Sociology Index

Populistainment

In the 1990s, a new term was coined to describe this phenomenon of populistainment: infotainment, entertainment-based news. When the term infotainment ceased to be sufficient for political analysts to describe new relationships between politics and the mass media, politainment surfaced. The slogan “panem et circenses” or populistainment dates back to Antiquity. The “entertainization” of politics has its rationality. If serving dopamine is the only way to catch the attention of a bored brain, it is no surprise that many politicians practice it. Just as in markets, where there is demand, supply follows. There are many reasons to detest populistainment. But unless the liberals learn from their populist rivals, they will never be able to beat the populists.

On the BBC, the Hungarian State Secretary for International Communication, Zoltan Kovacs, ridiculed questions about his leader Victor Orban ruling by decree, calling any kind of criticism of Hungary “political lynching”. This devoted much of the time in the interview to discussing this expression, instead of the actual character of the Hungarian regime. In Poland, the hard time experienced by patients and medical staff during the pandemic has been partly caused by the PiS government’s failure to reform the health care system. But this did not prevent the country’s president Andrzej Duda from taking part in an online challenge, performing rap about how difficult the work of medical staff is. The media discussed the lyrics he used for a good two weeks. He, not the doctors, won our attention. So, unfortunately, the times they are not “a-changin’”.

Where does populistainment come from? People have demanded material goods and entertainment for centuries. Even the most tyrannical authorities usually remembered to meet these expectations. In the seventeenth century, for example, Blaise Pascal stated that it is the only thing allowing the people of high condition not to think constantly about their miserable lives. In the twentieth century, totalitarian Germany and Russia tried to capture the attention of citizens through constant mobilization. In democratic societies after 1945, various attempts were made to describe the impact of entertainment on citizens. In 1960s, Guy Debord’s notion of a “society of the spectacle” became fashionable, and two decades later, Neil Postman warned that with the current trends we could “amuse ourselves to death”.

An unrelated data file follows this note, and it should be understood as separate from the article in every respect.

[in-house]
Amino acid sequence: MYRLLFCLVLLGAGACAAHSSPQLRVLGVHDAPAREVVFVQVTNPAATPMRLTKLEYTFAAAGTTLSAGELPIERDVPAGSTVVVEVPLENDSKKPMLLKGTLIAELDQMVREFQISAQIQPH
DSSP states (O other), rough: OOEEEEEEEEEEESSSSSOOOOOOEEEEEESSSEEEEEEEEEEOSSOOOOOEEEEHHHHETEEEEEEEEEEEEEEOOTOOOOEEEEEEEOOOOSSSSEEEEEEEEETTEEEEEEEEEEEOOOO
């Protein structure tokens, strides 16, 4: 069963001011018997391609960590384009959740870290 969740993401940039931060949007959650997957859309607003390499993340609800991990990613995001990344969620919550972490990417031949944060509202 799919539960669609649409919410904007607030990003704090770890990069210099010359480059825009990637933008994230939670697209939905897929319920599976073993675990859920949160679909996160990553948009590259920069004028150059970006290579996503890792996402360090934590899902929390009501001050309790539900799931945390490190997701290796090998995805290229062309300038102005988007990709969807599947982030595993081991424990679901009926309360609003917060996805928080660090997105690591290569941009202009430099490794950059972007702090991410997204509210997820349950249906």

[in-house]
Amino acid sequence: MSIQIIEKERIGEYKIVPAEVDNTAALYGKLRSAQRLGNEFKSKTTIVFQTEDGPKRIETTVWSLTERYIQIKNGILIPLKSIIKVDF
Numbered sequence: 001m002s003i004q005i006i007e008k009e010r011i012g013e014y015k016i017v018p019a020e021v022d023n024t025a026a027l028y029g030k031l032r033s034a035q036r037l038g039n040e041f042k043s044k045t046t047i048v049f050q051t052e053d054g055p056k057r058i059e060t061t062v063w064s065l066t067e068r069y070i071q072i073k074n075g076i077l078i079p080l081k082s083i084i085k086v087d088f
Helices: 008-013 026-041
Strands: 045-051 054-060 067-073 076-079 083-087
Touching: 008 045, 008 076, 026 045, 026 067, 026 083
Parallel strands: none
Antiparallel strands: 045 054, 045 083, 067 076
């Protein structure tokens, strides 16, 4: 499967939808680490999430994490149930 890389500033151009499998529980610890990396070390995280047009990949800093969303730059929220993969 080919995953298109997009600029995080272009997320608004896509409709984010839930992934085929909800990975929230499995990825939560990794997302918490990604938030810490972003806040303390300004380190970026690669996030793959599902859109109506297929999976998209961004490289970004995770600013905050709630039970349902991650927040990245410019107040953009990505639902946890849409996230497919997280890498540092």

Populistainment is a new phase in the chain of these developments. Some would say that there is no huge difference between Bill Clinton playing Elvis Presley’s “Heartbreak Hotel” on his saxophone on “The Arsenio Hall Show” in 1992 and Donald Trump bringing the style of communication of his television show “The Apprentice” directly to the presidential campaign.

Populistainment is a supplement to ideology and traditionally understood party politics. Populists turned it all upside down, they made politics a supplement to entertainment and show business. Precisely this makes populistainment a new political phenomenon. It is as if they take politics as imagined by the fifteenth-century Italian philosopher Niccolo Machiavelli one step further. Machiavelli particularly unnerved his contemporaries by claiming that political action is justified only by its result and that its aim should be to preserve the wellbeing of the state. Populists’ political actions are justified only by their success in seizing power by means of an amusing spectacle, no matter what the actual effect on the state is.